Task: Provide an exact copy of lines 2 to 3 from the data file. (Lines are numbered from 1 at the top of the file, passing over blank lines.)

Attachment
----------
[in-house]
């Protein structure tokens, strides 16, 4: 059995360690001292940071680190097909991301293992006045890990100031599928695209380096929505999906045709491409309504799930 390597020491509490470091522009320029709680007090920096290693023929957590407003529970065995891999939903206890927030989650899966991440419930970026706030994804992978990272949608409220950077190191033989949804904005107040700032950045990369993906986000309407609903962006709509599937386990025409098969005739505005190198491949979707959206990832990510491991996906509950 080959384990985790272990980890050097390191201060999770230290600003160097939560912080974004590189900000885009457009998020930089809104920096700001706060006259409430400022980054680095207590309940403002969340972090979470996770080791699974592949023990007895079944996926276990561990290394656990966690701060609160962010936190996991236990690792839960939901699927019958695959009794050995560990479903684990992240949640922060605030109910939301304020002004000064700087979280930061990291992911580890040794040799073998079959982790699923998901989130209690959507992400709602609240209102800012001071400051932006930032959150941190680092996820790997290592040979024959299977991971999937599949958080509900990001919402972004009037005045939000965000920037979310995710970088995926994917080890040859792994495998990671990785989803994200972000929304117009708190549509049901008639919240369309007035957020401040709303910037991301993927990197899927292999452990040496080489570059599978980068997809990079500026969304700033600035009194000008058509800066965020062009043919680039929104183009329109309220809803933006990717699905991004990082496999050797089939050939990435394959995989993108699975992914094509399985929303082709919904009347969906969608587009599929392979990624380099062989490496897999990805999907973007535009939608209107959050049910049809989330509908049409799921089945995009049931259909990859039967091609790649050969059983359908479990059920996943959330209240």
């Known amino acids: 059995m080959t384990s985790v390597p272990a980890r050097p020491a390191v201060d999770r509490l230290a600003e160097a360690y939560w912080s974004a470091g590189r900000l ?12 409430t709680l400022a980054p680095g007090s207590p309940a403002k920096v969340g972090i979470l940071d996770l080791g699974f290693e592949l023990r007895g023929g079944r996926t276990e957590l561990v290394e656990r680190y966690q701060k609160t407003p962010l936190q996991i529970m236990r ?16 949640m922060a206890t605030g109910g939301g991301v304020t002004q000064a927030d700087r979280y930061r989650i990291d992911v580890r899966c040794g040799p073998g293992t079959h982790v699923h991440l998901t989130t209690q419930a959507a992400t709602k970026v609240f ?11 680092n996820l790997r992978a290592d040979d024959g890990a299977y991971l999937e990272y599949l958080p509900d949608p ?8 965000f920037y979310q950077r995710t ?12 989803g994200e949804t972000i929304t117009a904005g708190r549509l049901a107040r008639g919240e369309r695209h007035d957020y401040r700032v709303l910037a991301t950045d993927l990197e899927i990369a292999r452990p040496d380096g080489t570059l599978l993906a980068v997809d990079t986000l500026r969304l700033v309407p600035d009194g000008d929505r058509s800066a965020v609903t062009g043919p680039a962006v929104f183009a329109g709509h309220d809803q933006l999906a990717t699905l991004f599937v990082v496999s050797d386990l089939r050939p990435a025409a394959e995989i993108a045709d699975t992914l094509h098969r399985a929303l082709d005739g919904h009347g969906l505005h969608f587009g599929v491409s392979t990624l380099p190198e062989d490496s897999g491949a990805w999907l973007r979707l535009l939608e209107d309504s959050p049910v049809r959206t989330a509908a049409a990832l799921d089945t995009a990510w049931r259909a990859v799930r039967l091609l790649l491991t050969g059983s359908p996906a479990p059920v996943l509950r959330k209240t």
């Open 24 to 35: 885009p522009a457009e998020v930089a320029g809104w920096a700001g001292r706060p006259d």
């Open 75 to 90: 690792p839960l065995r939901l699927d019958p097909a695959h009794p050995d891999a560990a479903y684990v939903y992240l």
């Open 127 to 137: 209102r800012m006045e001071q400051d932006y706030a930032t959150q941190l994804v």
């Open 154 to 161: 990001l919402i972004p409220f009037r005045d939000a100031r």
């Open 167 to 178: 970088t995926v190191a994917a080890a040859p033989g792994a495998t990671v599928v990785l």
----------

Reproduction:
């Protein structure tokens, strides 16, 4: 059995360690001292940071680190097909991301293992006045890990100031599928695209380096929505999906045709491409309504799930 390597020491509490470091522009320029709680007090920096290693023929957590407003529970065995891999939903206890927030989650899966991440419930970026706030994804992978990272949608409220950077190191033989949804904005107040700032950045990369993906986000309407609903962006709509599937386990025409098969005739505005190198491949979707959206990832990510491991996906509950 080959384990985790272990980890050097390191201060999770230290600003160097939560912080974004590189900000885009457009998020930089809104920096700001706060006259409430400022980054680095207590309940403002969340972090979470996770080791699974592949023990007895079944996926276990561990290394656990966690701060609160962010936190996991236990690792839960939901699927019958695959009794050995560990479903684990992240949640922060605030109910939301304020002004000064700087979280930061990291992911580890040794040799073998079959982790699923998901989130209690959507992400709602609240209102800012001071400051932006930032959150941190680092996820790997290592040979024959299977991971999937599949958080509900990001919402972004009037005045939000965000920037979310995710970088995926994917080890040859792994495998990671990785989803994200972000929304117009708190549509049901008639919240369309007035957020401040709303910037991301993927990197899927292999452990040496080489570059599978980068997809990079500026969304700033600035009194000008058509800066965020062009043919680039929104183009329109309220809803933006990717699905991004990082496999050797089939050939990435394959995989993108699975992914094509399985929303082709919904009347969906969608587009599929392979990624380099062989490496897999990805999907973007535009939608209107959050049910049809989330509908049409799921089945995009049931259909990859039967091609790649050969059983359908479990059920996943959330209240």
């Known amino acids: 059995m080959t384990s985790v390597p272990a980890r050097p020491a390191v201060d999770r509490l230290a600003e160097a360690y939560w912080s974004a470091g590189r900000l ?12 409430t709680l400022a980054p680095g007090s207590p309940a403002k920096v969340g972090i979470l940071d996770l080791g699974f290693e592949l023990r007895g023929g079944r996926t276990e957590l561990v290394e656990r680190y966690q701060k609160t407003p962010l936190q996991i529970m236990r ?16 949640m922060a206890t605030g109910g939301g991301v304020t002004q000064a927030d700087r979280y930061r989650i990291d992911v580890r899966c040794g040799p073998g293992t079959h982790v699923h991440l998901t989130t209690q419930a959507a992400t709602k970026v609240f ?11 680092n996820l790997r992978a290592d040979d024959g890990a299977y991971l999937e990272y599949l958080p509900d949608p ?8 965000f920037y979310q950077r995710t ?12 989803g994200e949804t972000i929304t117009a904005g708190r549509l049901a107040r008639g919240e369309r695209h007035d957020y401040r700032v709303l910037a991301t950045d993927l990197e899927i990369a292999r452990p040496d380096g080489t570059l599978l993906a980068v997809d990079t986000l500026r969304l700033v309407p600035d009194g000008d929505r058509s800066a965020v609903t062009g043919p680039a962006v929104f183009a329109g709509h309220d809803q933006l999906a990717t699905l991004f599937v990082v496999s050797d386990l089939r050939p990435a025409a394959e995989i993108a045709d699975t992914l094509h098969r399985a929303l082709d005739g919904h009347g969906l505005h969608f587009g599929v491409s392979t990624l380099p190198e062989d490496s897999g491949a990805w999907l973007r979707l535009l939608e209107d309504s959050p049910v049809r959206t989330a509908a049409a990832l799921d089945t995009a990510w049931r259909a990859v799930r039967l091609l790649l491991t050969g059983s359908p996906a479990p059920v996943l509950r959330k209240t």